I have spent the last week performing and speaking in Rio de Janeiro, Brazil.
I was invited by the United Nations Foundation to present at Rio+Social, a forum where activists, politicians, moguls and artists discuss how social media and new technologies can serve the greater good. It’s part of Rio+20, the U.N.’s conference on sustainable development. I’ve been performing alongside producer and DJ Apple Juice Kid (aka Stephen Levitin), with whom I teach a Beat Making Lab in the music department at UNC-Chapel Hill.
Rio is beautiful. Gorgeous landscapes, delicious foods and welcoming people have made this an incredible experience. I’m a Durham native, and I love my hometown, but Rio has reminded me that travel is one of the most important things a person can do.
Travel is maximized when exchange takes place – when one connects with people and each party takes something from the other. It’s like creating good music. The more artists bring their unique experiences to the table, the higher the possibility for robust collaboration.
Self determination, grassroots activism & women’s empowerment = a beautiful thing. Check out this amazing documentary entitled AFRICA RISING. It premiers tonight on the Africa Channel. Read more below:
Every day, 6,000 girls from the Horn of Africa to sub-Saharan nations are subjected to female genital mutilation (FGM). With fierce determination and deep love for their communities, brave African activists are leading a formidable, fearless grassroots movement to end 5,000 years of FGM. An insightful look at the frontlines of a quiet revolution taking the continent by storm, this extraordinarily powerful film is one of the first to focus on African solutions to FGM.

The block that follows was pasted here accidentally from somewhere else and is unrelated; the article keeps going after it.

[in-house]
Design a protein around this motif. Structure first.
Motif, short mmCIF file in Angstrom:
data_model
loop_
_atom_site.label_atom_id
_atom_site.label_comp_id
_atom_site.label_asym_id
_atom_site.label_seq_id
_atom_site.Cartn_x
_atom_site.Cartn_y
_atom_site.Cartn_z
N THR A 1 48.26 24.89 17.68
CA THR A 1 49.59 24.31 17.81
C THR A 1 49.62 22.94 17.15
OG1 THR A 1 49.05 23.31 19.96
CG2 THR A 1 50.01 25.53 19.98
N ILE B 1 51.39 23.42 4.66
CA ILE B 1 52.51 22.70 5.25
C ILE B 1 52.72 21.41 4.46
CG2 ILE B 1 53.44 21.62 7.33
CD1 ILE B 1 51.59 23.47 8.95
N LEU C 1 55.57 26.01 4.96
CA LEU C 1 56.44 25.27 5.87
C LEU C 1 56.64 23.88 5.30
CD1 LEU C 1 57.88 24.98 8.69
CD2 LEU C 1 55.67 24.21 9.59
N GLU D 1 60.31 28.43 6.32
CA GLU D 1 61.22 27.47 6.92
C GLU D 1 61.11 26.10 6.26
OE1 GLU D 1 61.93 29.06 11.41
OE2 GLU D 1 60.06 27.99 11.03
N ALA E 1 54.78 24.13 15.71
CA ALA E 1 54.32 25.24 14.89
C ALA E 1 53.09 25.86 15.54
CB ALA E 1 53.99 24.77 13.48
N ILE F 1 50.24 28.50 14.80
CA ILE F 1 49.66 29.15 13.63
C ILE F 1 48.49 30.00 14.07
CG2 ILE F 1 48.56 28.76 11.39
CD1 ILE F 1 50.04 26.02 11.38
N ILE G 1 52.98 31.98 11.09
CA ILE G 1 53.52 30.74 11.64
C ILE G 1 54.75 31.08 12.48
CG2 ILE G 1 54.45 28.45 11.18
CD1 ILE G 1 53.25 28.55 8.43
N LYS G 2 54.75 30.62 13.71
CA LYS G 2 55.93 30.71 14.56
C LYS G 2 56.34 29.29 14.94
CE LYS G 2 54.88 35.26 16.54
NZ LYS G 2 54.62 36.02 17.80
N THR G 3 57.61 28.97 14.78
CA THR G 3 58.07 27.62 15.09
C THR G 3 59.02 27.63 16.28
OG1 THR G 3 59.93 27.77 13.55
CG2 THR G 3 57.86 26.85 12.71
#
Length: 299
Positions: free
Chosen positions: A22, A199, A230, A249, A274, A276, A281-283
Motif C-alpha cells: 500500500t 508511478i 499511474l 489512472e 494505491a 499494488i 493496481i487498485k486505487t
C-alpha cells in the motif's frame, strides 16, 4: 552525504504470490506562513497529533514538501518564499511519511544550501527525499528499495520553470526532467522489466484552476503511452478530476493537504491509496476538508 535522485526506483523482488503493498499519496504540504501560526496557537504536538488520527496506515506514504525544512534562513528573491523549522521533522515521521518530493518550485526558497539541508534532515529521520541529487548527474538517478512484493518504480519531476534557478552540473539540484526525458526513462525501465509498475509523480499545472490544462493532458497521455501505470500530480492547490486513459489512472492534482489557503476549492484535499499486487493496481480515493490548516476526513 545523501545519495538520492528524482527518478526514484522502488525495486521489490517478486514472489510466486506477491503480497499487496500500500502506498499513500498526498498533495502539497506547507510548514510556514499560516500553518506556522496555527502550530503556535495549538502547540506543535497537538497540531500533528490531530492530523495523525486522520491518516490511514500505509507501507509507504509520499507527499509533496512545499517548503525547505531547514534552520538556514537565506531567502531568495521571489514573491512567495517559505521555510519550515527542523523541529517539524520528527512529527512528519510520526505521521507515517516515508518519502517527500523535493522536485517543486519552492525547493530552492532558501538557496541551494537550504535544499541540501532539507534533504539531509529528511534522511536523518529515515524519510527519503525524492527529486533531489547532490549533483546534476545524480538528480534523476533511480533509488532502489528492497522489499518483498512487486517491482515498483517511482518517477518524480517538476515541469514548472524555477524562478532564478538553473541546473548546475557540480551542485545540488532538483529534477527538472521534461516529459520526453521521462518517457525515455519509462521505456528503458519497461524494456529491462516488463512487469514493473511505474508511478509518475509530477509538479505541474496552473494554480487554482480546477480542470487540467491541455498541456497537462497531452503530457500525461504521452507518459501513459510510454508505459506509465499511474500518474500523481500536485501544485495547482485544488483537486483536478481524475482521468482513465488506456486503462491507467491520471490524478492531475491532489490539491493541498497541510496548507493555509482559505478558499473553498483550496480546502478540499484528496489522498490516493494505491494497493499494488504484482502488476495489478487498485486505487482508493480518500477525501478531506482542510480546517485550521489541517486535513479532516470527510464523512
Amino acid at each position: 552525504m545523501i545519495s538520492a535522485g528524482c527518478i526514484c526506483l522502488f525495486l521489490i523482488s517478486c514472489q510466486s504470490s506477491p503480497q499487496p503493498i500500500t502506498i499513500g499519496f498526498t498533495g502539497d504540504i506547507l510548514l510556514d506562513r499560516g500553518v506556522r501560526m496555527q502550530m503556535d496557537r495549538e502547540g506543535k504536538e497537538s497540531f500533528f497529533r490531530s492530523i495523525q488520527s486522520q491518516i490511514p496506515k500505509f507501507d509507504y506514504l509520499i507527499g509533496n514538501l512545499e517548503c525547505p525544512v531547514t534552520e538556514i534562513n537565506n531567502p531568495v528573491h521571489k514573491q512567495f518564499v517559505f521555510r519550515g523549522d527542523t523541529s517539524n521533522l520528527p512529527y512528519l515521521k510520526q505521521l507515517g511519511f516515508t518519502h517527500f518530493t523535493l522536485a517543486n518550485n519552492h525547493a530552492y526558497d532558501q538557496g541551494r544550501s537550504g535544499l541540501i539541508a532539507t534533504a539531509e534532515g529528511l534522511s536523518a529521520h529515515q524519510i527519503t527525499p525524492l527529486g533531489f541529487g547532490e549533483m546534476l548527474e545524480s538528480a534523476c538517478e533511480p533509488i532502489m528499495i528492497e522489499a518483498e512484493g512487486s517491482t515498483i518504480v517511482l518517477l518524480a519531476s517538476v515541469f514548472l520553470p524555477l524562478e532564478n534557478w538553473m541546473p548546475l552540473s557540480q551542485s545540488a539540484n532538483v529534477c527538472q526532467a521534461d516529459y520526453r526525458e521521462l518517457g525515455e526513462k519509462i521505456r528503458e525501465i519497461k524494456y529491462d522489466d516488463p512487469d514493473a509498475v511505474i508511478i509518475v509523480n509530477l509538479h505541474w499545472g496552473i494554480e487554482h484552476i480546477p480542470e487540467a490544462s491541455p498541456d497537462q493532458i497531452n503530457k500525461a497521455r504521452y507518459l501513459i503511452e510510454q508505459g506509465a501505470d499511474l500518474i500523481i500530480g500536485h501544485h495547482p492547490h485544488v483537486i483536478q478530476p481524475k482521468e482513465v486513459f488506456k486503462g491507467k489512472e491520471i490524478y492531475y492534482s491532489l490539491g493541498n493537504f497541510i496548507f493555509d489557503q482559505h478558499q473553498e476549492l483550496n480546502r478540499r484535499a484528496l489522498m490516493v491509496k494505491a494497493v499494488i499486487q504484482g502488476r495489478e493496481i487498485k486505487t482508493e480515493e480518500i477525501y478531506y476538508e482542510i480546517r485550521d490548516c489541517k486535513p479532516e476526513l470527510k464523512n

It’s a blessing when two of your heroes are also your colleagues. Check out this CBS piece on Grammy-winner 9th Wonder and Duke Professor Mark Anthony Neal. I’m so proud of what these two have accomplished. They are an inspiration for artists/academicians in general, and for Durhamites/North Carolinians in particular. Shine on, brothers.
Forty Seven years ago today, Malcolm X was assassinated. Activist, Journalist and Durham resident Lamont Lilly reflects on Malcolm’s enduring legacy in this piece, entitled: We are Malcolm X - This in Remembrance.
“It is incorrect to classify the revolt of the Negro as simply a racial conflict of black against white, or as a purely American problem. Rather, we are today seeing a global rebellion of the oppressed against the oppressor, the exploited against the exploiter.” - El-Hajj Malik El-Shabazz, 1964
Brief, yet exhaustive, this passage best represents the Malcolm X America doesn’t want you and I to know—the more complete post-Mecca Malcolm who could once again ignite an entire nation if only he were properly revisited. It seems like just yesterday, the life and times of Malcolm Little were resurrected through Spike Lee’s 1992 cinematic production, Malcolm X. Bold, vivid and vulgar, Spike’s production wasn’t only a history book for the hood; it was the artistic catalyst of a new cool: the infamous black “X” hat. It was also an introduction to Malcolm as a martyr of resistance.